Control techniques for Culicoides biting midges and their application in the U.K. and northwestern Palaearctic
Carpenter, S., Mellor, P.S. and Torr, S.J. (2008) Control techniques for Culicoides biting midges and their application in the U.K. and northwestern Palaearctic. Medical and Veterinary Entomology, 22 (3). pp. 175-187. ISSN 0269-283X (print), 1365-2915 (online)Full text not available from this repository.
The recent emergence of bluetongue virus (Reoviridae: Orbivirus ) (BTV)in northern Europe, for the first time in recorded history, has led to an urgent need for methods to control the disease caused by this virus and the midges that spread it. This paper reviews various methods of vector control that have been employed elsewhere and assesses their likely efficacy for controlling vectors of BTV in northern Europe. Methods of controlling Culicoides spp. (Diptera: Ceratopogonidae) have included: (a) application of insecticides and pathogens to habitats where larvae develop; (b) environmental interventions to remove larval breeding sites; (c) controlling adult midges by treating either resting sites, such as animal housing, or host animals with insecticides; (d) housing livestock in screened buildings, and (e) using repellents or host kairomones to lure and kill adult midges. The major vectors of BTV in northern Europe are species from the Culicoides obsoletus (Meigen) and Culicoides pulicaris (L.) groups, for which there are scant data on breeding habits, resting behaviour and host-oriented responses. Consequently, there is little information on which to base a rational strategy for controlling midges or for predicting the likely impact of interventions. However, data extrapolated from the results of vector control operations conducted elsewhere, combined with some assessment of how acceptable or not different methods may be within northern Europe, indicate that the treatment of livestock and animal housing with pyrethroids, the use of midge-proofed stabling for viraemic or high-value animals and the promotion of good farm practice to at least partially eliminate local breeding sites are the best options currently available. Research to assess and improve the efficacy of these methods is required and, in the longer term, efforts should be made to develop better bait systems for monitoring and, possibly, controlling midges. All these studies will need better methods of analysing the ecology and behaviour of midges in the field than are currently in use. The paucity of control options and basic knowledge serve to warn us that we must be better prepared for the possible emergence of other midge-borne diseases, particularly African horse sickness.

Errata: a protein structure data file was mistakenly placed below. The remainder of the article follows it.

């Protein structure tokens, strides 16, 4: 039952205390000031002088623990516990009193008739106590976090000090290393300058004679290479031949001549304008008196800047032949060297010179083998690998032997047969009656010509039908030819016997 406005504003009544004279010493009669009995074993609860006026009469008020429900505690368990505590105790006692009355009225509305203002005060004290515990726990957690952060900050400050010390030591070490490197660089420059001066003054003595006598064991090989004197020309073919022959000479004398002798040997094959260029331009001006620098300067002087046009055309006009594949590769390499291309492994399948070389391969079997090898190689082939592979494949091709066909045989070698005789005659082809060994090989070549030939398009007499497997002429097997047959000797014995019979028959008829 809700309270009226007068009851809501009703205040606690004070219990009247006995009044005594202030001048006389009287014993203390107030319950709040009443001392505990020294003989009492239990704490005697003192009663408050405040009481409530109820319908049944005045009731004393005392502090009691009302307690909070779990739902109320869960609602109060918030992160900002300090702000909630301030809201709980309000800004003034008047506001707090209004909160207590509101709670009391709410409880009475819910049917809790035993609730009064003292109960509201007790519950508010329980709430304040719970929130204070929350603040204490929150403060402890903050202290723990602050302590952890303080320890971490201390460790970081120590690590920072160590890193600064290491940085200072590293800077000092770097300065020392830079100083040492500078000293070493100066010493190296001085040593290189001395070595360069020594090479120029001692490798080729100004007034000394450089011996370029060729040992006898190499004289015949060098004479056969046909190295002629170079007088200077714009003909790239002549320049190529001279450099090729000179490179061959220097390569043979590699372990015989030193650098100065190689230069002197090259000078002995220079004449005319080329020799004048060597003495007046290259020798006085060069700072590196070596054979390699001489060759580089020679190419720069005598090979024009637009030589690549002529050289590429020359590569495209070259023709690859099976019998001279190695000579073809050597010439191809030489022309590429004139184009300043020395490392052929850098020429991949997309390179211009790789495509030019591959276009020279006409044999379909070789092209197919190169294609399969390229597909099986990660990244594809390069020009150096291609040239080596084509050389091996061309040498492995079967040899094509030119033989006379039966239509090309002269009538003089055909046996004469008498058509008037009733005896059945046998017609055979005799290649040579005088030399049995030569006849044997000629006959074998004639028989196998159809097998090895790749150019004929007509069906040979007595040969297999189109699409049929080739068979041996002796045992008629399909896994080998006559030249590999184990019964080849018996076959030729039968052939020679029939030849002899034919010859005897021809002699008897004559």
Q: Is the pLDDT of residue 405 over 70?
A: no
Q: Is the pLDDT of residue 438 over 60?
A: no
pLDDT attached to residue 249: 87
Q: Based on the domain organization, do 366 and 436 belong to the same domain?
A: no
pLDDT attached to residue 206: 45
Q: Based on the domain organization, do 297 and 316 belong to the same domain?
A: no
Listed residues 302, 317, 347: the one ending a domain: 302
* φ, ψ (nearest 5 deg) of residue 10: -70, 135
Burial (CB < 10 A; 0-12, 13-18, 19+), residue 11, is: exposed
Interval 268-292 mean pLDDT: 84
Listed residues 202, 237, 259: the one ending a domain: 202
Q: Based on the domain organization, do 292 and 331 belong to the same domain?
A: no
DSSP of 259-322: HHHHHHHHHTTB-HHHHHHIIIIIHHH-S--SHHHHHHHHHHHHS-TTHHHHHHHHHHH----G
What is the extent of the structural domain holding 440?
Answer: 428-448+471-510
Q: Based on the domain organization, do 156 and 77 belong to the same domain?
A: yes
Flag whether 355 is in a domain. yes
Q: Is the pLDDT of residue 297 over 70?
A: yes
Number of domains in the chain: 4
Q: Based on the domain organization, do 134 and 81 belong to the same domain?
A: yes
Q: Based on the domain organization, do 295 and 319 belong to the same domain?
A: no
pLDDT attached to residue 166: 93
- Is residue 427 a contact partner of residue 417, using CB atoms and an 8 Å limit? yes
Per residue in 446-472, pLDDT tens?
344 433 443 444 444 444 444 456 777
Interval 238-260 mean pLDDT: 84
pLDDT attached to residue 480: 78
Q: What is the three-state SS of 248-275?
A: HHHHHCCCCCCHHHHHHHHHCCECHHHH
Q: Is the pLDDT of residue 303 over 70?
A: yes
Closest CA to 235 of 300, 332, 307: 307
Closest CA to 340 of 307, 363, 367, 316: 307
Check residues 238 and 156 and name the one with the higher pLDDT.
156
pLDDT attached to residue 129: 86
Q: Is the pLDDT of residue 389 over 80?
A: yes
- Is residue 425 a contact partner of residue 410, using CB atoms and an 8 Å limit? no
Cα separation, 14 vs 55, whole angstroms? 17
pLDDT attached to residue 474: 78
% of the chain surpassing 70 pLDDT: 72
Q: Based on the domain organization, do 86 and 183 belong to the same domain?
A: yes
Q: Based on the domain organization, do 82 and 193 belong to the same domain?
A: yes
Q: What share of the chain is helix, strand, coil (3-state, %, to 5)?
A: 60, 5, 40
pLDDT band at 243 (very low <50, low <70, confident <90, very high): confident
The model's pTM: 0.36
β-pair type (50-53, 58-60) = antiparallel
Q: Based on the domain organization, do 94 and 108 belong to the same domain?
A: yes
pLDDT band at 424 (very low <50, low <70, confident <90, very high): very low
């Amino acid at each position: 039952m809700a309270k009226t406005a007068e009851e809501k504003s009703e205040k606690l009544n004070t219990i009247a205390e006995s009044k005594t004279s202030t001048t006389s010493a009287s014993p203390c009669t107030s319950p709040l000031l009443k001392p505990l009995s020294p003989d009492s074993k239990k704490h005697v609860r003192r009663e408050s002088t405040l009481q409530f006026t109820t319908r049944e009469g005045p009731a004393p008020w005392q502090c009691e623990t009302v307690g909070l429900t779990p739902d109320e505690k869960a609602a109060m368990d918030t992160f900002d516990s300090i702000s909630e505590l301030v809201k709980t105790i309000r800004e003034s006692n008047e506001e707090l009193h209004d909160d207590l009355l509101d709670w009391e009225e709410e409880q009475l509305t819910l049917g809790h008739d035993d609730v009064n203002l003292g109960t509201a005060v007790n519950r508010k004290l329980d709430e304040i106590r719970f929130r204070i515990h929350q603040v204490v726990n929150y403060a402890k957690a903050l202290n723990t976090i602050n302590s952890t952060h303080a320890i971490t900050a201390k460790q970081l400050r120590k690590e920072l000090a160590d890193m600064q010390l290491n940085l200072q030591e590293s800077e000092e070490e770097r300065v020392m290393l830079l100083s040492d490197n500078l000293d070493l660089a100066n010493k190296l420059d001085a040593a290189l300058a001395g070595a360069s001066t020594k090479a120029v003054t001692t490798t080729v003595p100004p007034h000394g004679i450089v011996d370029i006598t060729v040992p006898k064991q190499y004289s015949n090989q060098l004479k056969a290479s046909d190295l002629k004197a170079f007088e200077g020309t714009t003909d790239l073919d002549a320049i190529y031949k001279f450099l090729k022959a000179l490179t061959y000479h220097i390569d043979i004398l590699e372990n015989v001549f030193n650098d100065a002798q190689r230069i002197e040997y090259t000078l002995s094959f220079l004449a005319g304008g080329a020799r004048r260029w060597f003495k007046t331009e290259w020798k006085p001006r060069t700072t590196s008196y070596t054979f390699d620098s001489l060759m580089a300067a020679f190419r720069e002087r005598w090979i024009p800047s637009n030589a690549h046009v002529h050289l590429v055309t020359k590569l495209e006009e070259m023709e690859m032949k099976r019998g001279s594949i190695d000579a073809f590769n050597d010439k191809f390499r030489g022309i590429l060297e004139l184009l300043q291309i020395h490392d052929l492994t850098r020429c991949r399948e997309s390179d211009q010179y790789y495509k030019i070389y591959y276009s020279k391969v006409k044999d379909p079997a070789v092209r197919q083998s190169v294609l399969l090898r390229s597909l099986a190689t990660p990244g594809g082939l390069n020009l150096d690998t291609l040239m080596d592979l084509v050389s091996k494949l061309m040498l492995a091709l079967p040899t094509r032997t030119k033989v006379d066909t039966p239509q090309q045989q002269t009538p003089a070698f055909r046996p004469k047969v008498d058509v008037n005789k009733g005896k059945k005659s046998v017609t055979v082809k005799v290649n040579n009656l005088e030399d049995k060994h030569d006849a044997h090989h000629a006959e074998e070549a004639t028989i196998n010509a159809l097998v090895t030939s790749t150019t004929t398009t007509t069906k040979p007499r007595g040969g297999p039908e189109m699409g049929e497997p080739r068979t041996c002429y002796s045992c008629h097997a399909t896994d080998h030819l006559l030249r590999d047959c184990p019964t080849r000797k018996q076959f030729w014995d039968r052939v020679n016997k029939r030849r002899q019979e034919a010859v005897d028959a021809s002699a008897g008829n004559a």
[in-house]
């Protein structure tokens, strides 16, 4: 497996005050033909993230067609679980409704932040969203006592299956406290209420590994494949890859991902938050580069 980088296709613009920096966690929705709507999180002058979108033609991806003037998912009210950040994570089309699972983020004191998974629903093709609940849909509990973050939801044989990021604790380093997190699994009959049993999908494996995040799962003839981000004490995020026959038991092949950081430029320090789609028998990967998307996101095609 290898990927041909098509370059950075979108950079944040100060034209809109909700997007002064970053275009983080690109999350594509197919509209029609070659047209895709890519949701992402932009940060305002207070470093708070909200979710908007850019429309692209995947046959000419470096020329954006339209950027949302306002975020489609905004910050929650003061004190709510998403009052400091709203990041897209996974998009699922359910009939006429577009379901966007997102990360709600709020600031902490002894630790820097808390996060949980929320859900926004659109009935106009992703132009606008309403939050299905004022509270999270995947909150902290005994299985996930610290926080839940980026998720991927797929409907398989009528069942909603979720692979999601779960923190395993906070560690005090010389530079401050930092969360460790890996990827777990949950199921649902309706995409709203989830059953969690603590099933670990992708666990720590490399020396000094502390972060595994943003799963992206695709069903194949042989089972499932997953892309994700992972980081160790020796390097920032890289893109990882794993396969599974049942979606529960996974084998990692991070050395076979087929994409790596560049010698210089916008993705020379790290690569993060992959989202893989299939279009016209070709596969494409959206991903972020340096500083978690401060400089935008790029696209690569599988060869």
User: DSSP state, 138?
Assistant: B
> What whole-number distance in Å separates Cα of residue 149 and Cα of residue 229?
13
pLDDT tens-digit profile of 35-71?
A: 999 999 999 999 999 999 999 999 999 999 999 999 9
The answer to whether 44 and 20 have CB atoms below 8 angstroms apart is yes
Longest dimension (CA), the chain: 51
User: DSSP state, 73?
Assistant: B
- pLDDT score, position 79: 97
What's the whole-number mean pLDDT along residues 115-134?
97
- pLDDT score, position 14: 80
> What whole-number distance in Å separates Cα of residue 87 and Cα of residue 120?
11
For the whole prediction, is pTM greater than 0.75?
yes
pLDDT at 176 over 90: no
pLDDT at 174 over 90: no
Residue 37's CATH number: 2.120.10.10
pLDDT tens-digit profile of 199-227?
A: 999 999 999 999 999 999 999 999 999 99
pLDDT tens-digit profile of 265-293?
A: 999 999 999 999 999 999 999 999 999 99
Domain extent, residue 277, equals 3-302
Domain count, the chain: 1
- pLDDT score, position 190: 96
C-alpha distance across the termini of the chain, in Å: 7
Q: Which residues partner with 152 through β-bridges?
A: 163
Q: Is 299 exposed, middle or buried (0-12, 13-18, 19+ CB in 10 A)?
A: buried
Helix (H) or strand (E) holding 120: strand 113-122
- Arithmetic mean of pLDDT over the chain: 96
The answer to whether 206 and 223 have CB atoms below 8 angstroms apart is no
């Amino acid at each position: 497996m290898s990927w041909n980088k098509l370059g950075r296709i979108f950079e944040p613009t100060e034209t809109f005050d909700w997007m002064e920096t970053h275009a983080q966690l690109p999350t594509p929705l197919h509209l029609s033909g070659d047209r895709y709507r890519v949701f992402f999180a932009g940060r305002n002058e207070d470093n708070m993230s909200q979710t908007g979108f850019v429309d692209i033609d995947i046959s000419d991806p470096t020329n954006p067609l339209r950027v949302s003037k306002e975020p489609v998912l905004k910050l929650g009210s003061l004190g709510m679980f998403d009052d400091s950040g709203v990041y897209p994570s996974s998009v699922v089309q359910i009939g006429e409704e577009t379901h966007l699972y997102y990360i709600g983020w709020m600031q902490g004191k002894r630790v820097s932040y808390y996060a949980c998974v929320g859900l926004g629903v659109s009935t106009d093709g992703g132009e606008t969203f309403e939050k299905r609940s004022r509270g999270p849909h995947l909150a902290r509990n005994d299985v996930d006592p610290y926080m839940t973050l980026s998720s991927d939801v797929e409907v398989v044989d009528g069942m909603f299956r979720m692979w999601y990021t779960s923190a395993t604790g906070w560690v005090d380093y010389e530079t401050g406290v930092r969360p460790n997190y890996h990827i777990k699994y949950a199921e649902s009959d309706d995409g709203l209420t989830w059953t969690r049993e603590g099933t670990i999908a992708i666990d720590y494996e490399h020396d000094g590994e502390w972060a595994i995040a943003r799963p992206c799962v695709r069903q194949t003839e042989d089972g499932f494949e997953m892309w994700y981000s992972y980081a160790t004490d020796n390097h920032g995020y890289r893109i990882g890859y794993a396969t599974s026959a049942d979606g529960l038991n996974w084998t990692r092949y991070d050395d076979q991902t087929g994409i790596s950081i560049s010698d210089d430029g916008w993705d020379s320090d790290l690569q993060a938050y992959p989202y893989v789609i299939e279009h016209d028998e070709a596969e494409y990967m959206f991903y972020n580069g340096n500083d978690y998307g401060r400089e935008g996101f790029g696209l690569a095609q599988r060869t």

|Uncontrolled Keywords:||Culicoides, African horse sickness, bluetongue virus, cattle, Ceratopogonidae, horses, sheep, sweet itch, Europe, U.K|
|Subjects:||S Agriculture > SF Animal culture|
Q Science > QL Zoology
|School / Department / Research Groups:||Natural Resources Institute|
Natural Resources Institute > Agriculture, Health & Environment
|Last Modified:||01 May 2012 11:59|
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